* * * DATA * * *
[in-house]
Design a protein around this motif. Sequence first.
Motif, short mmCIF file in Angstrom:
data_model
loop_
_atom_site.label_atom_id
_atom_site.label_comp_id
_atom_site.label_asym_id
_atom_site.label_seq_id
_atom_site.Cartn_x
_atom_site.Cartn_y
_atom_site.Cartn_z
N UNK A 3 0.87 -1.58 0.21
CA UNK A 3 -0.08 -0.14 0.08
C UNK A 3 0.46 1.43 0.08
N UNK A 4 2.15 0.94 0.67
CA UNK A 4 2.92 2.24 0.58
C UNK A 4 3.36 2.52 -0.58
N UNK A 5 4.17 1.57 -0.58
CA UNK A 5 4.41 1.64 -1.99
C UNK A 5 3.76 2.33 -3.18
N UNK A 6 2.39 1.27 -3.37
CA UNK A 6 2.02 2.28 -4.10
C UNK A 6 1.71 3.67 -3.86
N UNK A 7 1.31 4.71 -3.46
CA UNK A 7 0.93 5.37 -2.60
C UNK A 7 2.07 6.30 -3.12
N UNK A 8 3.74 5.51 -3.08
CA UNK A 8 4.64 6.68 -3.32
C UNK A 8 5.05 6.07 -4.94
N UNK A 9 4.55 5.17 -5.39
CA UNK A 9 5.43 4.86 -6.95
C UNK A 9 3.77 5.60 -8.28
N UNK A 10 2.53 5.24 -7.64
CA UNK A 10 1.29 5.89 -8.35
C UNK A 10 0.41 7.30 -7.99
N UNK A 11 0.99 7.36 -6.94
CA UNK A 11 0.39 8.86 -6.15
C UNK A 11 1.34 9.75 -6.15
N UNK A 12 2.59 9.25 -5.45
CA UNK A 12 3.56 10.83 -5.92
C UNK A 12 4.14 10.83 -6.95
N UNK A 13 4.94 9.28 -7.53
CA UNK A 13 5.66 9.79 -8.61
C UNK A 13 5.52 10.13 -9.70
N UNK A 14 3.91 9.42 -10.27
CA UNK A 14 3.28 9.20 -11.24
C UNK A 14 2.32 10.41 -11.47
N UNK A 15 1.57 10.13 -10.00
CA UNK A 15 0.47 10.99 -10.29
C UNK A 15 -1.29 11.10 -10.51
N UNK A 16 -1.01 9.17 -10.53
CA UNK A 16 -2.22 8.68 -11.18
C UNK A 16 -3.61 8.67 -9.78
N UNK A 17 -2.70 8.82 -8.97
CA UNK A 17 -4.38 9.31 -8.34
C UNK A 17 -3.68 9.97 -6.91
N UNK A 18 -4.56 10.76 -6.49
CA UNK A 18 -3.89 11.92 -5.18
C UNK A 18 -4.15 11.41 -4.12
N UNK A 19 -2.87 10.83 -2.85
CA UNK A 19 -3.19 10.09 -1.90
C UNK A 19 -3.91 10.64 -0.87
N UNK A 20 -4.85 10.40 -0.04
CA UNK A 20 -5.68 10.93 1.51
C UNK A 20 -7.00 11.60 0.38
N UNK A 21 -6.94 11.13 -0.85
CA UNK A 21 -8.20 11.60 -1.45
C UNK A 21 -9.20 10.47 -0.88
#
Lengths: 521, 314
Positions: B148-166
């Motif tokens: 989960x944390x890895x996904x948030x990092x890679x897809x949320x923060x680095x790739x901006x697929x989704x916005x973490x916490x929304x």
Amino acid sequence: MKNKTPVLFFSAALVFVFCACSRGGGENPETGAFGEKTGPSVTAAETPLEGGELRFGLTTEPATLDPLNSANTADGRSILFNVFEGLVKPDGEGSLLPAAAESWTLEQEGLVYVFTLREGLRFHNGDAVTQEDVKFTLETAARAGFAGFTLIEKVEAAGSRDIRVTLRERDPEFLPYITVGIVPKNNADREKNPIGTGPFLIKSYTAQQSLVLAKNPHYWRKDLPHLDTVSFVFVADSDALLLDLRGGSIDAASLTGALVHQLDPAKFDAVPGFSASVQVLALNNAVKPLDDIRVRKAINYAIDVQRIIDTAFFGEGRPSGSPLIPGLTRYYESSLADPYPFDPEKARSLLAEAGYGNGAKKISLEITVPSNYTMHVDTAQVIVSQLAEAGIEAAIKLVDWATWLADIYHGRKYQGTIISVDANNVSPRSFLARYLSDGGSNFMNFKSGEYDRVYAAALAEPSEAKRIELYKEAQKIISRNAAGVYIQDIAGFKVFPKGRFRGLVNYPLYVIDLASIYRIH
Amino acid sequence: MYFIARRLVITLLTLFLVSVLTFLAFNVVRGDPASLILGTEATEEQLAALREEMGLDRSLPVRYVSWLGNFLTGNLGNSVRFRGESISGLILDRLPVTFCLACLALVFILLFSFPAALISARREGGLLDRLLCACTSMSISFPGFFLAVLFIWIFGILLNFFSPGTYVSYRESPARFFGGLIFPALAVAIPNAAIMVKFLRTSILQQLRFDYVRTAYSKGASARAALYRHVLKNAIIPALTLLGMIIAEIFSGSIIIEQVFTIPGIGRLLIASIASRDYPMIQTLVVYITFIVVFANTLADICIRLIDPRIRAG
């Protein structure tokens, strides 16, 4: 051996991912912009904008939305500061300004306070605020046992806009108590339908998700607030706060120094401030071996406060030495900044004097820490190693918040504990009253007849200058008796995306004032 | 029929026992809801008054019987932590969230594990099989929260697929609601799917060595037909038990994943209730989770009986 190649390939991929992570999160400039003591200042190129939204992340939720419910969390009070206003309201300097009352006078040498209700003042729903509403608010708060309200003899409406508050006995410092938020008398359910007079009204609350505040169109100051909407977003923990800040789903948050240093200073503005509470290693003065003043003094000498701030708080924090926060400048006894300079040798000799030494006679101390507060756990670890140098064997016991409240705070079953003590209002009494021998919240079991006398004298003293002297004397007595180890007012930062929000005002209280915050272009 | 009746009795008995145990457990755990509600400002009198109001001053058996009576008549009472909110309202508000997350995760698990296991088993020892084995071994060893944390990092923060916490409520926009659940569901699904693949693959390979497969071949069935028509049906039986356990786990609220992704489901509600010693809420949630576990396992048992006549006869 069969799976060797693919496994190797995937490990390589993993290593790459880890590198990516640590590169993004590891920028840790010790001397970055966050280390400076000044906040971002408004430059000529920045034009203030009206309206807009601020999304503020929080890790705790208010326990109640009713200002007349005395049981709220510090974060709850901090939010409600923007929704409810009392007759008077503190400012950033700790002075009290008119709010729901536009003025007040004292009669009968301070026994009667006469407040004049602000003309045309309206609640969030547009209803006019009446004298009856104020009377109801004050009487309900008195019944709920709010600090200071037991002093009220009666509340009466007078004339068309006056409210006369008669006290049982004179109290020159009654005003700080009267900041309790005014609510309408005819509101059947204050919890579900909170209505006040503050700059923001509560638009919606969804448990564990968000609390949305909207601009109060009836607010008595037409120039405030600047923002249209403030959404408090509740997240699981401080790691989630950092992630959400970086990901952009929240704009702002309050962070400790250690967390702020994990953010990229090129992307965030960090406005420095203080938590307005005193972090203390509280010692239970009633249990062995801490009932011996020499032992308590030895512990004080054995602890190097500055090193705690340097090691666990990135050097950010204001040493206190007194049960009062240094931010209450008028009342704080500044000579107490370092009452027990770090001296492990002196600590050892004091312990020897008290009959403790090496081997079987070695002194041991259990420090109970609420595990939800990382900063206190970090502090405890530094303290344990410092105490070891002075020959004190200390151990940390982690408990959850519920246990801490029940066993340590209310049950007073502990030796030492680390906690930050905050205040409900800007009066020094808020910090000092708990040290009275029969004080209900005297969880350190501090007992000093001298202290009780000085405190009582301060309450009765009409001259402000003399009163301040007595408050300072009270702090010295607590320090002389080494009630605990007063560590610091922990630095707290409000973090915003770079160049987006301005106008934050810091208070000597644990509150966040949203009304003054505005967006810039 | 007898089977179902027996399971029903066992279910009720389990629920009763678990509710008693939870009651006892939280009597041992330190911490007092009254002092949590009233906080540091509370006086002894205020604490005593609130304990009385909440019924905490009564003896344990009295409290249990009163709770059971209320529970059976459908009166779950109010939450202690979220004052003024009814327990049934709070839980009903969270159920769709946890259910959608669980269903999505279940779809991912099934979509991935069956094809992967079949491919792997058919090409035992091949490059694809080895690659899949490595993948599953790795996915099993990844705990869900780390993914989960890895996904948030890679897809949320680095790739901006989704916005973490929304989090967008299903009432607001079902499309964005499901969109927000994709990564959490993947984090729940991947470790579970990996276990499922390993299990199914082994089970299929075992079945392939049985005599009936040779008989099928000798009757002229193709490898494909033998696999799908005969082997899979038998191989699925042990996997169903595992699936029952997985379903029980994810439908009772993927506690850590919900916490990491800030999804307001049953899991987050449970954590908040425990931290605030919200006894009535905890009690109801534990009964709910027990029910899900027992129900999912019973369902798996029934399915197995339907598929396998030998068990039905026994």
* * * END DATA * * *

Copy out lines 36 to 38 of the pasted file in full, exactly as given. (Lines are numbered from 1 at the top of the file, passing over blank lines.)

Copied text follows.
C UNK A 10 0.41 7.30 -7.99
N UNK A 11 0.99 7.36 -6.94
CA UNK A 11 0.39 8.86 -6.15